New policy brief assesses state’s strong fiscal position. No need to raise taxes, cut spending or tap reserves to meet obligations.

The Washington Research Council has published a new policy brief reviewing the state budget. After the good news of the recent revenue forecast and the infusion of federal assistance, the balance sheet is healthy.

The WRC summarizes the conditions:

State revenues are now expected to match the pre-pandemic Feb. 2020 revenue forecast. Revenues in 2019–21 are now forecast to be $52.334 billion (an increase of 13.6% over 2017–19). In 2021–23, revenues are expected to grow by 8.2%, to $56.615 billion. In 2023–25, revenues are expected to grow by 5.8%, to $59.906 billion.

Given the new revenue forecast, the current state operating budget not only balances over four years, it leaves a sub- stantial estimated unrestricted ending fund balance of $2.999 billion. On top of that, the budget stabilization account (BSA, or the rainy day fund) balance is estimated to be $2.394 billion at the end of 2021–23.

The healthy balance sheet means that legislators have an exceptionally firm foundation for the 2021–23 operating budget. Billions of dollars have also been appropriated by the federal government over the past year for COVID relief in Washington.

The state revenue system and budget has come through this emergency remarkably well, and the state does not need to increase taxes to meet its obligations. At the same time, many individuals and businesses in Washington continue to feel the negative effects of the recession. Washington can use federal aid funding to help them get through this time. Raising their taxes to fund relief would be counterproductive. As long as the state refrains from using federal relief money to begin new, ongoing programs, the eventual cessation of federal relief should not trigger a need for new revenue sources.

The four-page brief provides additional detail. The WRC acknowledges that the pandemic has affected spending requirements.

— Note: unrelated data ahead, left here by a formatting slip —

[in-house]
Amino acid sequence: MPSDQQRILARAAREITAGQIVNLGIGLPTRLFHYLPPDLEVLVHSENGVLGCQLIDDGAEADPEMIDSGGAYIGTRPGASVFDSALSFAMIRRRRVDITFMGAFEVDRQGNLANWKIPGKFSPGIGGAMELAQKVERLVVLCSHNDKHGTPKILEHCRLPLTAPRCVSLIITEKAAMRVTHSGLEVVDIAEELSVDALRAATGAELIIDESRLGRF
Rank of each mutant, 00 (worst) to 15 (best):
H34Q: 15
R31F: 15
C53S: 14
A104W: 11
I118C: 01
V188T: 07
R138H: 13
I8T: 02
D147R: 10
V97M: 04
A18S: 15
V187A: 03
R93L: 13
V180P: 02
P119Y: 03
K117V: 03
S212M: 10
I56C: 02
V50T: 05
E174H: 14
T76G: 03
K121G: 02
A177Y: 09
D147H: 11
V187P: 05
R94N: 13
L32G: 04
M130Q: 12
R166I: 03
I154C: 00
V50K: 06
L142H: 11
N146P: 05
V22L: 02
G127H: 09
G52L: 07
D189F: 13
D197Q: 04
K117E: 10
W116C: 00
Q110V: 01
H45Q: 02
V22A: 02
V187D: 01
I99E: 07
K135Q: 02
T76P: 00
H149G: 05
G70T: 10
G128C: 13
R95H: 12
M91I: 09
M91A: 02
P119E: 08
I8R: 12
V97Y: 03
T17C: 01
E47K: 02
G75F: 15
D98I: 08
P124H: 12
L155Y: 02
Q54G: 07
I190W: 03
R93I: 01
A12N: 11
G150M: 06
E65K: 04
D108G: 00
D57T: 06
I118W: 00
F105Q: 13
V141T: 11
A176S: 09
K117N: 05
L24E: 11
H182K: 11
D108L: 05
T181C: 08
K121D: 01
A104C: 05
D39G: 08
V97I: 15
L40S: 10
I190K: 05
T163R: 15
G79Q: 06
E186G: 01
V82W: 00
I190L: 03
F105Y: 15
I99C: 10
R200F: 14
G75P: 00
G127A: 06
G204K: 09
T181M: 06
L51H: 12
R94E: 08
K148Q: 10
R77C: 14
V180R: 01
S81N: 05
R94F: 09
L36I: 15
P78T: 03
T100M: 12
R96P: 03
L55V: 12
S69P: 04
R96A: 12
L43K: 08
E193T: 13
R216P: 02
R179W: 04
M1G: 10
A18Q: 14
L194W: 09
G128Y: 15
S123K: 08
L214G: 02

Indeed, the pandemic and recession have created new needs for spending that were not fully anticipated when the current budget was adopted last year. (For example, public health costs increased.) And although state revenues  have recovered, the economy is still a concern. Through fiscal year (FY) 2025, employment is currently forecast to be 827,000 below what was forecast in Feb. 2020. …

On the other hand, the federal government has appropriated billions of dollars over the past year for COVID relief in Washington. We estimate that more than $24 billion in federal COVID relief has flowed (or will flow) through Washington’s state and local governments (Makings 2021). (This is an incomplete, early estimate, and it’s not clear how much federal funding will be available for appropriation by the state in each fiscal year.)


Given the robust federal relief, it’s not clear how much state spending is required to address the health and economic costs of the pandemic and recession.

The Council also addresses the implications for the budget when the federal aid runs out. It’s a manageable problem.

In the Great Recession, state revenues declined by 5.5% from 2007–09 to 2009–11. Federal stimulus dollars backfilled state funds in 2009–11, but the revenue decline was so significant that spending was still reduced in 2011–13 (WRC 2020)…

Washington’s cur- rent tax structure is ex- pected to generate the revenues to sustain cur- rent and new spending into the future. More- over, real revenues (adjusted for inflation) per capita have increased substantially since the Great Recession.

This time around, it doesn’t appear that there will be a budgetary need for any major spending cuts at all (unless the Legislature chooses to cut spending as a policy matter).

If lawmakers don’t make unsustainable new spending commitments, preserve reserves, and avoid tax and regulatory policies that would impede recovery, the state’s fiscal condition should remain strong for years.